Evidence of gang involvement is admissible where it serves a purpose other than showing a defendant’s proclivity for criminal conduct, the South Carolina Court of Appeals has unanimously ruled in a case of first impression.
Generally, according to Rule 404(b) of the South Carolina Rules of Evidence (SCRE), “prior bad act” evidence is improper if it’s used only to prove that a defendant acted “in conformity therewith on a particular occasion.” But in its June 23 opinion, the appeals court held that character evidence is properly admitted if a trial court finds it logically relevant to the crime for which a defendant is tried.
“If it is logically pertinent in that it reasonably tends to prove a material fact in issue, it is not to be rejected merely because it incidentally proves the defendant guilty of another crime,” Judge D. Garrison Hill wrote for the court, quoting 1923’s State v. Lyle.
A Sumter County jury convicted Mickey Johnson, alleged leader of the 135 Piru Sumter chapter, of accessory before the fact of murder, presenting a firearm, unlawfully carrying a pistol, and criminal conspiracy for his role in the 2011 killing of a man he believed to be associated with a rival gang.
According to court records, Johnson and several fellow Piru members—Bryan Bradley, John Stamps, and Rasheed Brandon—were outside an apartment complex when Folk Nation members showed up to visit acquaintances. The groups exchanged words and, later, gunfire. No one was injured. Later that afternoon, someone inside fired several shots at Stamps, who was alone outside the apartments, before speeding off in a car. When Johnson learned of the incident, he ordered Brandon to go to one of the apartments and to shoot whoever answered the door, unless it was a woman. When a woman opened the door, Brandon shot and killed a man sitting inside.
Before trial, Johnson objected to the presentation of evidence of his gang affiliation, arguing that it constituted evidence of other bad acts and was unduly prejudicial. Sumter County Circuit Court Judge William H. Seals Jr. overruled the ongoing objection and allowed testimony from two gang experts—a Sumter police detective and South Carolina Law Enforcement Division agent—regarding Johnson’s leadership. A former Piru member testified that Johnson led the chapter, and Bradley and Stamps testified that Johnson was their leader and that he ordered the killing. It took the jury three hours to convict Johnson.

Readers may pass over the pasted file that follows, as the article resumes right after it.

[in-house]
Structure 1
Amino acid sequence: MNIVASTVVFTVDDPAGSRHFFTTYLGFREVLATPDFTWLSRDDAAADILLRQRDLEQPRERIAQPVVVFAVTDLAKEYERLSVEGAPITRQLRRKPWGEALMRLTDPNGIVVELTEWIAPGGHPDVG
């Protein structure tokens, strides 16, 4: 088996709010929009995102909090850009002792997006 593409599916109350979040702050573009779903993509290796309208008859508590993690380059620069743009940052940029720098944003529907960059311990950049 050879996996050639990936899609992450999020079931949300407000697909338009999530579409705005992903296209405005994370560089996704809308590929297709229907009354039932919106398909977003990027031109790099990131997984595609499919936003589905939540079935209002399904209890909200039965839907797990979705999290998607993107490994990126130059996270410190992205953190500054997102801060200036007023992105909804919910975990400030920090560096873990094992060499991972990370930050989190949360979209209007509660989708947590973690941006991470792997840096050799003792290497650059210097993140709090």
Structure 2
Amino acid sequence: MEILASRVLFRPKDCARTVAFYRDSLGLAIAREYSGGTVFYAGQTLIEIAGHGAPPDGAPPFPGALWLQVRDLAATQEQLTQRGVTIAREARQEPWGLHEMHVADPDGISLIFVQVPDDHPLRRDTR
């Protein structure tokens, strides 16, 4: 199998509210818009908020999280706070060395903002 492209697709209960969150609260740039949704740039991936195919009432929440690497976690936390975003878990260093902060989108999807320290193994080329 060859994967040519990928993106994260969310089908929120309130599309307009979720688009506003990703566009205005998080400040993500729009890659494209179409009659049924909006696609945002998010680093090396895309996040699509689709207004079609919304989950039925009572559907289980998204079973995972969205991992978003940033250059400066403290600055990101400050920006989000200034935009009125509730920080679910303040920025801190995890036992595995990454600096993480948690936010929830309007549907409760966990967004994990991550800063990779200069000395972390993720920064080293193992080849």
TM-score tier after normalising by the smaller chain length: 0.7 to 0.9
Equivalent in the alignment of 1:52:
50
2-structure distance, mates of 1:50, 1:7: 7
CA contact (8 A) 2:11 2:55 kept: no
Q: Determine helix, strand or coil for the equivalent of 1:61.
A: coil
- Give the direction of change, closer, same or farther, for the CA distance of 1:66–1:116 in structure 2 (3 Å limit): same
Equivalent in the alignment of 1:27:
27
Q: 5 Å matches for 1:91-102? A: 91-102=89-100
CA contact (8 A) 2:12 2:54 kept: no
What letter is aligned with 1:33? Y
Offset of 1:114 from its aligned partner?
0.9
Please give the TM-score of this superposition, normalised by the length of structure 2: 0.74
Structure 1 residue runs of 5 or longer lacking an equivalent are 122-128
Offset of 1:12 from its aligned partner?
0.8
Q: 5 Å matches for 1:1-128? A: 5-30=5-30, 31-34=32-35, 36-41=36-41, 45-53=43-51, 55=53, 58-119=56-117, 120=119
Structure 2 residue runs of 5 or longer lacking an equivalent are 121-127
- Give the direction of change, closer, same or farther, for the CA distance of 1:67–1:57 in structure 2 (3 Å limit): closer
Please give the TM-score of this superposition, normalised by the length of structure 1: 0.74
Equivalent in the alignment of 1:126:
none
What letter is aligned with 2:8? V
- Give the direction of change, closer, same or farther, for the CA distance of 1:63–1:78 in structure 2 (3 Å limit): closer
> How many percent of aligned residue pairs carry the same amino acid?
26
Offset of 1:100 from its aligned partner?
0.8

Bygones not always bygones
On appeal, Johnson argued that prior bad acts evidence is prohibited by Rule 404(b) of the SCRE, which states that evidence of one’s general character is not admissible unless it fits an exception allowing it, which this evidence did not. But the rule does recognize five legitimate purposes of prior bad act evidence: to prove “motive, identity, the existence of a common scheme or plan, the absence of mistake or accident, or intent.”
No South Carolina court had squarely addressed whether gang affiliation is admissible in a criminal trial. But the appeals court found that while gang evidence may infer lawlessness, it is allowable where a trial court, after applying a logical relevancy test with “rigid scrutiny,” determines that the evidence serves some purpose other than to show criminal propensity, following the state Supreme Court’s guidance in its 2020 decision in State v. Perry.
Here, prosecutors asserted that evidence of the gang’s structure, Johnson’s leadership, and the rivalry with Folk Nation was offered to prove Johnson’s motive and intent rather than his criminal propensity. The appeals court found the evidence essential to explain the motive and intent behind the “senseless shooting of an innocent victim,” and probative to conspiracy and accessory, both of which require proof of planning and agreement.
“This evidence therefore cleared, with room to spare, Perry’s hurdle that prior bad act proof serve some purpose other than parading Johnson’s propensity for criminal conduct,” Hill wrote.
The appeals court cautioned that trial courts must limit the scope of gang evidence to the essential and may need to address the evidence in voir dire, control its presentation according to the SCRE, and instruct jury members about how they may use the evidence.
Attorney General Alan Wilson and Senior Assistant Deputy Attorney General Megan Harrigan Jameson represented the state. Appellate Defender David Alexander represented Johnson.
The eight-page decision is Mickey Johnson v. State (Lawyers Weekly No. 010-039-21). The full text of the opinion is available online at sclawyersweekly.com.